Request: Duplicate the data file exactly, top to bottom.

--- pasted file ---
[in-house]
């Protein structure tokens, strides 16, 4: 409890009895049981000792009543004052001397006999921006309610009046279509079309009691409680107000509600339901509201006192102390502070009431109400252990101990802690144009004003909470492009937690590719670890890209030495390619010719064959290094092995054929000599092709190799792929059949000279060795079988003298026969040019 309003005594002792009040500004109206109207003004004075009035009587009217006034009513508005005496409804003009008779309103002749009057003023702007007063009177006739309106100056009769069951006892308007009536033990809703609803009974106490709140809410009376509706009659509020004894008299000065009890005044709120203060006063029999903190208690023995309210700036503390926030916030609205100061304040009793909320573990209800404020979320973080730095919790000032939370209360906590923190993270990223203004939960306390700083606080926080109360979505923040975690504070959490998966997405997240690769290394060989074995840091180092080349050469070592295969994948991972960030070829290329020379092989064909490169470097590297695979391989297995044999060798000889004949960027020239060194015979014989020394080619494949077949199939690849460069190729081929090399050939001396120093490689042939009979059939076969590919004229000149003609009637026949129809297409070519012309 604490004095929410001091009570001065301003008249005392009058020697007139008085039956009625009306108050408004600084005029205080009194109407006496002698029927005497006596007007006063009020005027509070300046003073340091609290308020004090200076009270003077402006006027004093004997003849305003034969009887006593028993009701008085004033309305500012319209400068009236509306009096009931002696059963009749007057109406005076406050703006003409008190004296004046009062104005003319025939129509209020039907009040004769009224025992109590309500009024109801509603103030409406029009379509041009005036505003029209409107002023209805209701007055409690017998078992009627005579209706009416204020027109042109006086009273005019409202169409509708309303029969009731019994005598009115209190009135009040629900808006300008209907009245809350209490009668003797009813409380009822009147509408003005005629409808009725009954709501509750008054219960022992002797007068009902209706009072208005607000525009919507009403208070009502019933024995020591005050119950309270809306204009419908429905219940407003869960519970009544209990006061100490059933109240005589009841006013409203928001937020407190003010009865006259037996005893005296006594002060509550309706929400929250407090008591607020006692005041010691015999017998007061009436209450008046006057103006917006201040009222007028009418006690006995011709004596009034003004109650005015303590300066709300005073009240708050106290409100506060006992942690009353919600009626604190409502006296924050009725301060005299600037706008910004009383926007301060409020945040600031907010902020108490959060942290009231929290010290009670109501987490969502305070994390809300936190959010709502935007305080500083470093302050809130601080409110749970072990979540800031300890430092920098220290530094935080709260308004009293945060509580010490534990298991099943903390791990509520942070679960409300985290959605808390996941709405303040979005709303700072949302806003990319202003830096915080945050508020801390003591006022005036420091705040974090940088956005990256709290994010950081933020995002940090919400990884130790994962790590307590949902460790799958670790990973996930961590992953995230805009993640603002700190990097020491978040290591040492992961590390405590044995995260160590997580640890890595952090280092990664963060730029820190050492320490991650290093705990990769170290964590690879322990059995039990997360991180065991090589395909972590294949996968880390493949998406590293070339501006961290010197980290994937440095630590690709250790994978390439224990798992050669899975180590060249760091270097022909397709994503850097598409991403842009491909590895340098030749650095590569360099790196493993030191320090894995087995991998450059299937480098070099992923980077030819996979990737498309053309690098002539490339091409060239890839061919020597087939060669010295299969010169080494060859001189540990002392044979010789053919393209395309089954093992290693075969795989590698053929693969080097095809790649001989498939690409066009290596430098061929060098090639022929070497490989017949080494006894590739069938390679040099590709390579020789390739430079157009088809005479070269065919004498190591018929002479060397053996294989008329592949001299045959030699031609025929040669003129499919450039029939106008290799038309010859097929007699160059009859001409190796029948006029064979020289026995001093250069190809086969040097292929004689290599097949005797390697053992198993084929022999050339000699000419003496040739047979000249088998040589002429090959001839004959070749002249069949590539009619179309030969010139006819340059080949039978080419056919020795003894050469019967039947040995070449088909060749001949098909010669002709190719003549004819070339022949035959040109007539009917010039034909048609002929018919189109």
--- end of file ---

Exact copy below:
[in-house]
């Protein structure tokens, strides 16, 4: 409890009895049981000792009543004052001397006999921006309610009046279509079309009691409680107000509600339901509201006192102390502070009431109400252990101990802690144009004003909470492009937690590719670890890209030495390619010719064959290094092995054929000599092709190799792929059949000279060795079988003298026969040019 309003005594002792009040500004109206109207003004004075009035009587009217006034009513508005005496409804003009008779309103002749009057003023702007007063009177006739309106100056009769069951006892308007009536033990809703609803009974106490709140809410009376509706009659509020004894008299000065009890005044709120203060006063029999903190208690023995309210700036503390926030916030609205100061304040009793909320573990209800404020979320973080730095919790000032939370209360906590923190993270990223203004939960306390700083606080926080109360979505923040975690504070959490998966997405997240690769290394060989074995840091180092080349050469070592295969994948991972960030070829290329020379092989064909490169470097590297695979391989297995044999060798000889004949960027020239060194015979014989020394080619494949077949199939690849460069190729081929090399050939001396120093490689042939009979059939076969590919004229000149003609009637026949129809297409070519012309 604490004095929410001091009570001065301003008249005392009058020697007139008085039956009625009306108050408004600084005029205080009194109407006496002698029927005497006596007007006063009020005027509070300046003073340091609290308020004090200076009270003077402006006027004093004997003849305003034969009887006593028993009701008085004033309305500012319209400068009236509306009096009931002696059963009749007057109406005076406050703006003409008190004296004046009062104005003319025939129509209020039907009040004769009224025992109590309500009024109801509603103030409406029009379509041009005036505003029209409107002023209805209701007055409690017998078992009627005579209706009416204020027109042109006086009273005019409202169409509708309303029969009731019994005598009115209190009135009040629900808006300008209907009245809350209490009668003797009813409380009822009147509408003005005629409808009725009954709501509750008054219960022992002797007068009902209706009072208005607000525009919507009403208070009502019933024995020591005050119950309270809306204009419908429905219940407003869960519970009544209990006061100490059933109240005589009841006013409203928001937020407190003010009865006259037996005893005296006594002060509550309706929400929250407090008591607020006692005041010691015999017998007061009436209450008046006057103006917006201040009222007028009418006690006995011709004596009034003004109650005015303590300066709300005073009240708050106290409100506060006992942690009353919600009626604190409502006296924050009725301060005299600037706008910004009383926007301060409020945040600031907010902020108490959060942290009231929290010290009670109501987490969502305070994390809300936190959010709502935007305080500083470093302050809130601080409110749970072990979540800031300890430092920098220290530094935080709260308004009293945060509580010490534990298991099943903390791990509520942070679960409300985290959605808390996941709405303040979005709303700072949302806003990319202003830096915080945050508020801390003591006022005036420091705040974090940088956005990256709290994010950081933020995002940090919400990884130790994962790590307590949902460790799958670790990973996930961590992953995230805009993640603002700190990097020491978040290591040492992961590390405590044995995260160590997580640890890595952090280092990664963060730029820190050492320490991650290093705990990769170290964590690879322990059995039990997360991180065991090589395909972590294949996968880390493949998406590293070339501006961290010197980290994937440095630590690709250790994978390439224990798992050669899975180590060249760091270097022909397709994503850097598409991403842009491909590895340098030749650095590569360099790196493993030191320090894995087995991998450059299937480098070099992923980077030819996979990737498309053309690098002539490339091409060239890839061919020597087939060669010295299969010169080494060859001189540990002392044979010789053919393209395309089954093992290693075969795989590698053929693969080097095809790649001989498939690409066009290596430098061929060098090639022929070497490989017949080494006894590739069938390679040099590709390579020789390739430079157009088809005479070269065919004498190591018929002479060397053996294989008329592949001299045959030699031609025929040669003129499919450039029939106008290799038309010859097929007699160059009859001409190796029948006029064979020289026995001093250069190809086969040097292929004689290599097949005797390697053992198993084929022999050339000699000419003496040739047979000249088998040589002429090959001839004959070749002249069949590539009619179309030969010139006819340059080949039978080419056919020795003894050469019967039947040995070449088909060749001949098909010669002709190719003549004819070339022949035959040109007539009917010039034909048609002929018919189109």